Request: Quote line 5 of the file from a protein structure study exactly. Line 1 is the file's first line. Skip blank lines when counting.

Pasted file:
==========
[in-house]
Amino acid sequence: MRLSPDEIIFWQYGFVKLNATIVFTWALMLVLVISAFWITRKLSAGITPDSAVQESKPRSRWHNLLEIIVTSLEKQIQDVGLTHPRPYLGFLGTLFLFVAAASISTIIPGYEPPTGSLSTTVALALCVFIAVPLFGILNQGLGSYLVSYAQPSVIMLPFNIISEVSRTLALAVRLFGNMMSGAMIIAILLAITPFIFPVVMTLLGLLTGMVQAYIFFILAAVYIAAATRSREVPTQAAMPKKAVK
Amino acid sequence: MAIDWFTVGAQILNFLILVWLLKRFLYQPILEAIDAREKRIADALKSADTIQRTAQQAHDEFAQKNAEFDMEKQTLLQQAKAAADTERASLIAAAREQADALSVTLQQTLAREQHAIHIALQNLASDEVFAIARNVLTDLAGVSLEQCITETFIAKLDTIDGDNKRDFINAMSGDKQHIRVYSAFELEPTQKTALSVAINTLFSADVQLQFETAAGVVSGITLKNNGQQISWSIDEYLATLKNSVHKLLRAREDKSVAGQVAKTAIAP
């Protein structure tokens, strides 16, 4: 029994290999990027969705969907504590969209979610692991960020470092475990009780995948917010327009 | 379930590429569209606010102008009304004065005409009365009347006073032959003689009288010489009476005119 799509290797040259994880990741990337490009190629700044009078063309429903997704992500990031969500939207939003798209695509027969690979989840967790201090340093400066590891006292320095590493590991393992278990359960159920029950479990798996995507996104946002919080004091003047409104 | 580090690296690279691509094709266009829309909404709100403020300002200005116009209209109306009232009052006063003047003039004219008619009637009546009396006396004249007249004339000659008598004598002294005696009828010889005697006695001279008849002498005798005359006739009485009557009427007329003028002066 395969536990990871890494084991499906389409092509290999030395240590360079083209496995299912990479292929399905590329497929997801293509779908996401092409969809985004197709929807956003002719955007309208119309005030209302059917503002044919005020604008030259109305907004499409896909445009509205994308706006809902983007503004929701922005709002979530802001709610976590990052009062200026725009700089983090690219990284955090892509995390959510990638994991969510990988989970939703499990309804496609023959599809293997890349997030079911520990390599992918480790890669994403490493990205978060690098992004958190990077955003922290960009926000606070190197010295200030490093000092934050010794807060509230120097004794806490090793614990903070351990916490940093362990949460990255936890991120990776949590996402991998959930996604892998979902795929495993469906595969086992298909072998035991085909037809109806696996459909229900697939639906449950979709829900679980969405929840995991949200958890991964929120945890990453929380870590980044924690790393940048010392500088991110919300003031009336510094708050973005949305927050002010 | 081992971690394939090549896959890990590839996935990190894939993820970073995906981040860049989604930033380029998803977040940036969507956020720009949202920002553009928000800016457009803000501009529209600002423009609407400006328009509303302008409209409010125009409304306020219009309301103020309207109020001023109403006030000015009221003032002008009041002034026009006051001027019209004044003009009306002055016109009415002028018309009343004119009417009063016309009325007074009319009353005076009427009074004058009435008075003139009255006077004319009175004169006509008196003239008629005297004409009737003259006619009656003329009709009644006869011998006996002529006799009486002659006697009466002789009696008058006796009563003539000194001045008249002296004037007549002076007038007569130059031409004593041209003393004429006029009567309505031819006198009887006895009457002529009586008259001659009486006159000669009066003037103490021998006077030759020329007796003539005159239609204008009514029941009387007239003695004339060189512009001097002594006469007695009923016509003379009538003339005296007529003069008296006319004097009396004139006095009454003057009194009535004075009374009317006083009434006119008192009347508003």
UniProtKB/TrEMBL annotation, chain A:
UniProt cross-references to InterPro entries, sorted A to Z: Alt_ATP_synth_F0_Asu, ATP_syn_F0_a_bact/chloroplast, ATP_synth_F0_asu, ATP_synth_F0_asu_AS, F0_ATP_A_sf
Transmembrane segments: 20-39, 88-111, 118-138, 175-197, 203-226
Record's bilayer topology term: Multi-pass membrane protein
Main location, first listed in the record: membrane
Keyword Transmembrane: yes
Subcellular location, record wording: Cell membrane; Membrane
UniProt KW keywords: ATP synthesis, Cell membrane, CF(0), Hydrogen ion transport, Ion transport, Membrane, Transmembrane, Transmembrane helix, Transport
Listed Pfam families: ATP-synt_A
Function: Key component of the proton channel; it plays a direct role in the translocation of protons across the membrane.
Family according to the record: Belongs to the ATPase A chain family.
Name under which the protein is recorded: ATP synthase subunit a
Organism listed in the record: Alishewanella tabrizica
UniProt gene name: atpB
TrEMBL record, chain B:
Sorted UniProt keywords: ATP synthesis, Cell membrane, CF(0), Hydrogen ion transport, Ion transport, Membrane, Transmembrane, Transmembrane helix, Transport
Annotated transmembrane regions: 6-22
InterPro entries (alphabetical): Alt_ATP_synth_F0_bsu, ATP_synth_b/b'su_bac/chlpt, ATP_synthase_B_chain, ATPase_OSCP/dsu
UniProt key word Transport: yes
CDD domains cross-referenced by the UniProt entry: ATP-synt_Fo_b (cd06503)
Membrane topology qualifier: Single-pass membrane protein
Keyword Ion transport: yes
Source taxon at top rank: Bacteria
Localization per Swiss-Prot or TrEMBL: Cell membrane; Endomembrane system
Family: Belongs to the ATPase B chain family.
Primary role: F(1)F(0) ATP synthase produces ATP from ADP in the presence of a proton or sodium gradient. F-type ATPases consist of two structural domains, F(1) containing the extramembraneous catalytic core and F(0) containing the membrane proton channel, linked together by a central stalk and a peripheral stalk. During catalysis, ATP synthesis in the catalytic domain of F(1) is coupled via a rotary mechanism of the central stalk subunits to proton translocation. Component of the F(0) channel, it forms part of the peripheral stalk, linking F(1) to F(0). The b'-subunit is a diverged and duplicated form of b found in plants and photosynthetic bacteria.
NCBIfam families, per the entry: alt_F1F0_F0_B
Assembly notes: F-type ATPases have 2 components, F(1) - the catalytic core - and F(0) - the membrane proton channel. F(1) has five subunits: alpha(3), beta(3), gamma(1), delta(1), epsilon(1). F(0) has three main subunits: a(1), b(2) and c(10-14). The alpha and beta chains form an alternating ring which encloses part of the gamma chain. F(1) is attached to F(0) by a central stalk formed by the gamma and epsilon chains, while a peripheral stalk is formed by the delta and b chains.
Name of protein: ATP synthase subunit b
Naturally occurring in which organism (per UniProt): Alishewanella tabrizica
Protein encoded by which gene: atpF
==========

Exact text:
UniProtKB/TrEMBL annotation, chain A: